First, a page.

One of the first thoughts that popped into my head upon reading this poem was “is this about a man being disgusted by a woman’s dirty clothes?” After not much further analyzation, I concluded yes, it is. I had to look up “Strephon” and “Cecilia” to determine if they had any relevance and found out they’re used to describe males and females respectively in classical pastoral poetry, which makes sense in this context. I may not have extracted any deeper meaning other than looking up the terms I didn’t recognize, but at the very least I found it an interesting read. The man referred to as Strephon is rooting through some lady’s personal belongings and undergarments but seems to believe she’s done something disgraceful. In lines 17-18 he “swears how damnably the men lie, In calling Cecelia sweet and cleanly.” It’s like somehow, prior to this experience, he wasn’t aware that women’s dirty laundry could smell bad. And obviously, in a dressing room where people clean themselves and dress/undress, there’s going to be an accumulation of unsavory scents and dirt all over the place. Honestly, what was this man hoping to find? A tiara? Priceless artwork? A thousand bucks?
At first, I thought Strephon might have a fetish for sniffing dirty clothes, but the descriptions are so aggressively derogatory that I’m fairly certain he’s not into it. He even compares the experience of opening the woman’s chest/box to cooking meat over a fire in lines 99-108. The most relevant lines being 103-108, “If from adown the hopeful Chops, The Fat upon a Cinder drops, To stinking Smoke it turns the Flame, Pois’ning the Flesh from whence it came; And Up Exhales a greasy Stench, For which you curse the careless Wench.” He then refers back to Cecilia’s chest, stating that things “which must not be expressed” fall into the “reeking Chest” and “send up an excremental Smell, To taint the Parts from whence they fell,” much like what he just said about the foul meat odors. It seems the “chest” is a toilet, and he’s disgusted by the waste left there by women due to their essential bodily functions. (By the way, screw him! Everybody poops! Get over it!) This explanation, although it may not be correct, makes the preceding lines hilarious. Lines 89-96 describe how Strephon opened the lid but didn’t mean to grope the “Bottom of the Pan” and “fowl his hands”, meaning he probably touched poop. At the very least, he touched something he didn’t like, and that’s enough for me to laugh at him.
The end of this poem is somewhat satisfying, because it says Strephon got what he deserved for invading a woman’s privacy in such a disgusting way; “His foul Imagination links Each Dame he sees with all her Stinks” (121-2). This tells us he’s now scarred for life and can’t separate any women from the revolting smells he exposed himself to. The narrator then expresses pity for Strephon, saying if he “would but stop his Nose; … And bless his ravished Sight to see … Such gaudy Tulips raised from Dung” (129-144). The narrator is implying it’s better to appreciate women’s beauty after they come from the dressing room rather than obsessing over what goes on in there. ‘Cause… surprise! It’s a dressing room, and women don’t smell like flowers all the time! We have to put in the work to make ourselves presentable, and it was a hell of a lot worse for women back then. I can’t imagine having to wear a hoop skirt, corset, petticoat, garter, or any of the uncomfortable garments they wore in the 18th century. What’s more, I just reread the first two lines which state, “Five hours, (and who can do it less in?) By haughty Celia spent in Dressing.” I don’t ever recall taking more than 2 or maybe 3 hours to get ready, and that was when I had to get my makeup/hair done, like for prom or another fancy event. On the daily, it takes closer to 45 minutes, and that’s including a shower. But it took her five hours! That poor woman has been through enough, she doesn’t deserve to have Strephons snooping around in her private space.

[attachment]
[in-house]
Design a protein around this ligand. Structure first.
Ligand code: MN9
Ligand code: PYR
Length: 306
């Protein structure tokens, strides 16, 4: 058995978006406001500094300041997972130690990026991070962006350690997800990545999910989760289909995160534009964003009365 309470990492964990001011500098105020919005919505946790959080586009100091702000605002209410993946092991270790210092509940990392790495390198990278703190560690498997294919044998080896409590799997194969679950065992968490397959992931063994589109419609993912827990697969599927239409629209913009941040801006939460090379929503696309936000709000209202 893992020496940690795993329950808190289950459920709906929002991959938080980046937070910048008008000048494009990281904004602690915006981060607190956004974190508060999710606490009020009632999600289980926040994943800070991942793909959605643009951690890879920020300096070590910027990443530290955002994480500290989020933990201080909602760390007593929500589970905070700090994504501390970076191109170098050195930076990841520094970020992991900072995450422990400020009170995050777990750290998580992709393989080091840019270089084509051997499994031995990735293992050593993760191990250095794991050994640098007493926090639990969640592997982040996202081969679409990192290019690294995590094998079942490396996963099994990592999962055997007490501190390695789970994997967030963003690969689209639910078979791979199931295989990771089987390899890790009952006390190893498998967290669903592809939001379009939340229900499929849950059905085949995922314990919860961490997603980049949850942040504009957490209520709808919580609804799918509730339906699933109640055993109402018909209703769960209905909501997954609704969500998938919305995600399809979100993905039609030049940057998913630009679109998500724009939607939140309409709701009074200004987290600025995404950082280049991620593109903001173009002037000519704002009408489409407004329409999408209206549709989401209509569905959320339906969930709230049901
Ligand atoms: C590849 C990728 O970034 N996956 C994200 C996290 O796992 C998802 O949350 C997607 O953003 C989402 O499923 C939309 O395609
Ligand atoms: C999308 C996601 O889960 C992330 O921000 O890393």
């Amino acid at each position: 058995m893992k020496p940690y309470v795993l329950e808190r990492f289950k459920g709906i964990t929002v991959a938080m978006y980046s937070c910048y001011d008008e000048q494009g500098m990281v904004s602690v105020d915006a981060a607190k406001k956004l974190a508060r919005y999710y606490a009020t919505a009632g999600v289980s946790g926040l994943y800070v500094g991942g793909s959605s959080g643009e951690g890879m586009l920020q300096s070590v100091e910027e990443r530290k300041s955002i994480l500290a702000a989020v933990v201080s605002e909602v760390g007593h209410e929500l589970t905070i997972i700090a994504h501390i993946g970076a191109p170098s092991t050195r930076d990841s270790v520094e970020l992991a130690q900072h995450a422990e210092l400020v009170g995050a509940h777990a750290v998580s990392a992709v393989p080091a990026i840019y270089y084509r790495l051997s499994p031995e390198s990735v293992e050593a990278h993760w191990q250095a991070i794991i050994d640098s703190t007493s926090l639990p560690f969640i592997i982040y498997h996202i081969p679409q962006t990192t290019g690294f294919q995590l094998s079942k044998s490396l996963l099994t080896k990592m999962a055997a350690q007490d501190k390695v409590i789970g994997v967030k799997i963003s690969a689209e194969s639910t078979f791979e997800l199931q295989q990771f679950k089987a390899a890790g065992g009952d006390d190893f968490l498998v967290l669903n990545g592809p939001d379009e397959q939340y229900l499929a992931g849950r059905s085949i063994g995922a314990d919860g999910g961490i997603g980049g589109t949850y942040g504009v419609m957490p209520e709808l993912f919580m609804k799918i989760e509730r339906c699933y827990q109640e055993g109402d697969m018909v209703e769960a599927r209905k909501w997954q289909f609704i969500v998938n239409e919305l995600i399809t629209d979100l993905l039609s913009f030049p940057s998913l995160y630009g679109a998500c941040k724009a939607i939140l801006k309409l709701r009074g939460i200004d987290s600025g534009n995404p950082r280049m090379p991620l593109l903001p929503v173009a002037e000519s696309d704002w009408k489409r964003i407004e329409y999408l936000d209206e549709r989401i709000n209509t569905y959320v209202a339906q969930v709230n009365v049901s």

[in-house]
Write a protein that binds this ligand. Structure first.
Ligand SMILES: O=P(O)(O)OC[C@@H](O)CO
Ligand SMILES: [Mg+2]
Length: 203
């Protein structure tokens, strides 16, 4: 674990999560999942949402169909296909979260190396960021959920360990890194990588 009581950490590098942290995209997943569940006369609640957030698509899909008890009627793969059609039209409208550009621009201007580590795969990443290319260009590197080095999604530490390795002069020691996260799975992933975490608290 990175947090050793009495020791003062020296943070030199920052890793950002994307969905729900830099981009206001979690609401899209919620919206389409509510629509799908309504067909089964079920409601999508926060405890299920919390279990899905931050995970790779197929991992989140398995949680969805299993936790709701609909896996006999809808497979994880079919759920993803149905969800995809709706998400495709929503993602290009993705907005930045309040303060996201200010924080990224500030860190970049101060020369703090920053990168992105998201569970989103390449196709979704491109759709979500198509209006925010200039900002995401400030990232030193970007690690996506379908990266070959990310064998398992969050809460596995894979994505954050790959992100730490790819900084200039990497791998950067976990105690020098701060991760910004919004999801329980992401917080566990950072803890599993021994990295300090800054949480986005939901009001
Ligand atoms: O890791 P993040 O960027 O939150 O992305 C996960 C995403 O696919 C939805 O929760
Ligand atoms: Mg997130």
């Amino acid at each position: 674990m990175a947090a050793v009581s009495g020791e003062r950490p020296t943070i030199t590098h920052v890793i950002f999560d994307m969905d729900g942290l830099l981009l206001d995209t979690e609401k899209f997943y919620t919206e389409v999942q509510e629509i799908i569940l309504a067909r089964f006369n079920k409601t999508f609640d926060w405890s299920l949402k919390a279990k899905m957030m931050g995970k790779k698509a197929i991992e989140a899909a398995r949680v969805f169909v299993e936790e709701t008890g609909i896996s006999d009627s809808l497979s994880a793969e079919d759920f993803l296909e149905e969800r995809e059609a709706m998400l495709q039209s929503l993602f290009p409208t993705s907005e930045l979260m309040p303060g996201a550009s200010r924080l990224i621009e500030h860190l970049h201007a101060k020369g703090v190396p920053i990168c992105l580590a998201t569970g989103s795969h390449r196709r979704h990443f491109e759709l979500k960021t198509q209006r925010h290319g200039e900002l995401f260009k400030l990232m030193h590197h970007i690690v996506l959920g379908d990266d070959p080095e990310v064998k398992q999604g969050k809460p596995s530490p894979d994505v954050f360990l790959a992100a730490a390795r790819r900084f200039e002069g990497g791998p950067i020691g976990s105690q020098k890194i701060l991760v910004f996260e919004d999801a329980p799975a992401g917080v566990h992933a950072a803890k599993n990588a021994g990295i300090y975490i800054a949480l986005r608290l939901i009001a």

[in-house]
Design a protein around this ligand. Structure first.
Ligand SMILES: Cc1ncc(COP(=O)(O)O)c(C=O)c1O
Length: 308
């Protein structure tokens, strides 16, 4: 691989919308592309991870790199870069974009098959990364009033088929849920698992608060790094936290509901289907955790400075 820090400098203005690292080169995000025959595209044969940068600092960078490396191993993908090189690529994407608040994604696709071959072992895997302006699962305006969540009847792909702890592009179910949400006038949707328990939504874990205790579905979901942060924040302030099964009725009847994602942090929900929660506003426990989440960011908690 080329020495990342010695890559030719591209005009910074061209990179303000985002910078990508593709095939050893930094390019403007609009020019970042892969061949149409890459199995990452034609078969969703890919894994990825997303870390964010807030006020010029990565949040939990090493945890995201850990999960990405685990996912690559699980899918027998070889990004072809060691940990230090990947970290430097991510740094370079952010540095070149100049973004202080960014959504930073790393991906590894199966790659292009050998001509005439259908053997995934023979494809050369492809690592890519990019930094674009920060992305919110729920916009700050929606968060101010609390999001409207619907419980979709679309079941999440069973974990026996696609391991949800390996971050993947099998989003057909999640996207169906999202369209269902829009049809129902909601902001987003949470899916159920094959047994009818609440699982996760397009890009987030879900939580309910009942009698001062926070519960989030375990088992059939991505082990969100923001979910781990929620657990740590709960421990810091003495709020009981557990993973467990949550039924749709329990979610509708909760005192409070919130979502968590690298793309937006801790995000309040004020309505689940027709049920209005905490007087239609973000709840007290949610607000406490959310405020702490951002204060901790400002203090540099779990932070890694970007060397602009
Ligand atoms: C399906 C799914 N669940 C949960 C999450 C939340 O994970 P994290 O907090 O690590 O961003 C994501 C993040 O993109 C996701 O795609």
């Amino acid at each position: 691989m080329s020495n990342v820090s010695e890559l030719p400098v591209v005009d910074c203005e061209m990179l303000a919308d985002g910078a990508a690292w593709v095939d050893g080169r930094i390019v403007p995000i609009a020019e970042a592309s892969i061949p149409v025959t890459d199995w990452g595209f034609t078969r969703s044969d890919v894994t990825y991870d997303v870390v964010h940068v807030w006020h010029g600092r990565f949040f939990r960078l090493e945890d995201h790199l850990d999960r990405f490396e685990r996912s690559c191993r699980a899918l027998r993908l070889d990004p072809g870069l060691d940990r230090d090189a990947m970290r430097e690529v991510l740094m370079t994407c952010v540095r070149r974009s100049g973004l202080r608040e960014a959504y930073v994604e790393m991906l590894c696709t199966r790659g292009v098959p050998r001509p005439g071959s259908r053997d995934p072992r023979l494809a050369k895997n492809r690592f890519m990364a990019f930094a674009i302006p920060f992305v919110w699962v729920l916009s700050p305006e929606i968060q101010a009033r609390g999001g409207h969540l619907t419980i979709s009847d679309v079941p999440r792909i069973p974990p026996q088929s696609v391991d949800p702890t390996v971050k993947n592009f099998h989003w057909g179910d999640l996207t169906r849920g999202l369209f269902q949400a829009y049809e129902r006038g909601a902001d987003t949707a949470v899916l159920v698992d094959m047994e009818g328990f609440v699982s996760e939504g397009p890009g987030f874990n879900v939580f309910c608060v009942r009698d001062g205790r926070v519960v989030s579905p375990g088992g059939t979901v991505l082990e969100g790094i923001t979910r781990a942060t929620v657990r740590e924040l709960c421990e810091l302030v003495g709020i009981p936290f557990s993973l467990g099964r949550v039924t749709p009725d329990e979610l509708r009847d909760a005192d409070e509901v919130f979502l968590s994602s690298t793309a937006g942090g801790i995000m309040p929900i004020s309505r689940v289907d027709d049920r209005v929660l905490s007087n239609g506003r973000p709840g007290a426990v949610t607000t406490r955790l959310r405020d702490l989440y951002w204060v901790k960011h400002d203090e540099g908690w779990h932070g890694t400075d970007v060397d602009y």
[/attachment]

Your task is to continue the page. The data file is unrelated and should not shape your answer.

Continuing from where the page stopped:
I’m not sure why anyone would write a poem like this, but I assume the author of “The Reasons that Induced Dr. S to Write a Poem Called ‘The Lady’s Dressing Room’” would have an answer for me. I’m excited to read what others have said about the two poems in relation to one another. I chose to examine Jonathan Swift’s original piece on its own because I found it to be both humorous and enraging. Also, I don’t have as clear of an understanding of what happens in “The Reasons that Induced…”. Still, I want to know what women thought about Swift’s poem. Did they find it offensive? Did they like the last ten lines? Was it common for men to creep around in their dressing rooms? I’m genuinely curious! If I had a time machine, I would be in the 1700’s gathering women of all ages to discuss these topics instead of writing a blog post about it in my dorm room. However, it wouldn’t be hard to channel your inner 18th century British lady and imagine what she might think about this poem. I encourage anyone reading this to kindly do so, and report back to me with your results.